Leymah Gbowee Decries Police Brutalities Against Anti-Rape Protesters
Brutalities against anti-rape protesters by the Liberia National Police has been condemned by rights advocate, 2011 Nobel Prize Winner, Leymah Gbowee, the manner in which the police officers are handling the issue, noting that the clampdown by the government of Liberia on peaceful protesters is ‘unwarranted’.
Describing the action by the police, Madam Gbowee said this action is sick, appalling, and a big shame on the part of the Weah-led administration; to teargas and use violence on a peaceful gathering led by women against a situation that is beyond unimaginable.
Speaking further on the brutalities being melted against peaceful people, she said she called out to the Minister of Gender, Madam Piso Saydee Tarr, to say “Shame on you! Your job demands that you protect the most vulnerable population of Liberia, but you have chosen to align with your political God father.” Madam Gbowee who appeared disheartened said.
“Minister Tarr, who plays politics with the tearing of a three-Year-old vagina; I am putting it mildly, because I am indeed angry, infuriated, boiling inside… if you had done your job void of politics we won’t be where we find ourselves. Sad, sad, sad…”. Leymah Gbowee posted on her social media page stressed.
There has been no immediate response from the government of Liberia, or the Liberia National Police on this latest outburst by Nobel Laurent Leymah Gbowee.
It may be recalled Tuesday August 25, 2020, hundreds of protesters gathered in their numbers in front of the Ministry of Foreign Affairs, which house offices of the Presidency, with a petition calling on the Government of Liberia to strengthen the justice system that will allow rape survivors to get justice as a means of putting to end the harmful act against women, girls, and boys, but refused to hand it over to Gender and Social Protection Minister Williametta Sayde-Tarr and her Deputy, Mamensie Kaba, who were both sent by President George Weah to receive the petition.
The protesters contended that if they had the intent to meet ministers, they would have taken the petition to the Gender ministry, but the issue of rape was a serious matter that requires the presence of the President to receive the petition and not ministers who have heard the alarming rape cases but have yet to show any concern.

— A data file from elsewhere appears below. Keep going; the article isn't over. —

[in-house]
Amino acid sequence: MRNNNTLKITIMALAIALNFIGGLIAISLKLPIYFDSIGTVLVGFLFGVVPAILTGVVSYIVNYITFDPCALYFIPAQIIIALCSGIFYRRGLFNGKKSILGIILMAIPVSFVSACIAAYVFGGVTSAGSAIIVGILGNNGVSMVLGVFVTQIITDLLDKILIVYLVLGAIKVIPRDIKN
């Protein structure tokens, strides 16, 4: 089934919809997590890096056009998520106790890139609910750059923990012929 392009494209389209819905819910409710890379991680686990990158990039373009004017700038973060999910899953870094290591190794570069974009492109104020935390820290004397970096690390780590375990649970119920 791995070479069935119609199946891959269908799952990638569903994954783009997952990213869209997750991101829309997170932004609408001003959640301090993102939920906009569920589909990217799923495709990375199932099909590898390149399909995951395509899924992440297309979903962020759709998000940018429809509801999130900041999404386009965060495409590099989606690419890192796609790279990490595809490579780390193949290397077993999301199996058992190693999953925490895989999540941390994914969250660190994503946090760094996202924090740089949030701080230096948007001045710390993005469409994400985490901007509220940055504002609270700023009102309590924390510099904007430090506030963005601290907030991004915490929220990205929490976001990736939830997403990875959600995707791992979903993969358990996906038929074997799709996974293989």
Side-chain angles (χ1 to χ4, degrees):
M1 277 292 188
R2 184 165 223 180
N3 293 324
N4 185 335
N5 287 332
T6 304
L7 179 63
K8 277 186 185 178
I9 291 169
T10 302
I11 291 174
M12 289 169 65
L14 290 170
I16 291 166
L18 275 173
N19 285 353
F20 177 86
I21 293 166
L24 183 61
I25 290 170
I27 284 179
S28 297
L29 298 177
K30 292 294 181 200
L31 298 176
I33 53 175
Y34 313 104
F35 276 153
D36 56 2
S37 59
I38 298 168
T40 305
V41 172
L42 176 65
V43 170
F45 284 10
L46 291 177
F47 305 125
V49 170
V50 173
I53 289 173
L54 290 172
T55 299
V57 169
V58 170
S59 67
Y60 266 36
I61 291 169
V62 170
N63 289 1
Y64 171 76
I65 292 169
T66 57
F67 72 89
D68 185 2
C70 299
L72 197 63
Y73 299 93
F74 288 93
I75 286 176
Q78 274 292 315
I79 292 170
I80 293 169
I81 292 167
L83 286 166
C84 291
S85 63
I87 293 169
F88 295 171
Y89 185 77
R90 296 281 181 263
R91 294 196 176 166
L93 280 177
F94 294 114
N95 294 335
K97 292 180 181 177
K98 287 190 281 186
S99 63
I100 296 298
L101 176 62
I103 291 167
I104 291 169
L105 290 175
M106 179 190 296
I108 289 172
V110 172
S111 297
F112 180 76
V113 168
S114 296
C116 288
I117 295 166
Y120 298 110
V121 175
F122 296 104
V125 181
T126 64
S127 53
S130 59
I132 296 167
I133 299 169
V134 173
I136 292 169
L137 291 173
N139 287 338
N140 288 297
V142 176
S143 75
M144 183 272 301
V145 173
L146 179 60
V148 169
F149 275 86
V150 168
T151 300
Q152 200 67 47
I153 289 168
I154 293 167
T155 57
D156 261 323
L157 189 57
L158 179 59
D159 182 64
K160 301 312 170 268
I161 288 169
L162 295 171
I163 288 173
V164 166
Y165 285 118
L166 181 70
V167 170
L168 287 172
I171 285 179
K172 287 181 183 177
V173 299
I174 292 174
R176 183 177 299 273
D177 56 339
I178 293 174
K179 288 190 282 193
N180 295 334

The protesters began their march from the Vamoma House in Sinkor, through the Tubman Boulevard, shouting anti-rape slogans, “No means no; Mamiewata carries rapists; Enough is enough; It’s time to create safe environment; It is time for us to work together to end rape and Declare rape as National Emergency.”
The protesters claim they have written numerous petitions to government ministries including of Gender and of Justice that are responsible for investigating rape cases across the country. However, according to the organizers, there has been no redress as the social menace continues to increase. Therefore, they want to meet President George Manneh Weah himself to explain the difficulties women are faced with in Liberia as it relates to rape. President Weah had declared himself Liberia’s “Feminist-in-Chief” with the hope of addressing issues relating to women and girls, but the alarming rape cases in the country sparking up protest just undermines his self-declaration and questions the President’s true intent to address the plight of women and girls.
Patience S. Koteah, a protester who spoke to the Ministers on behalf of the group, said they have not gone as political actors, but as aggrieved citizens to represent children who have been sexually abused and need justice.
“Thank you, Honorable Ministers, for coming to speak to us,” She said. “There is an increase in rape across Liberia and this has drawn our attention as women and child rights advocates, but many a time, we bring forth petitions and recommendations to work together with government and we are denied the opportunity.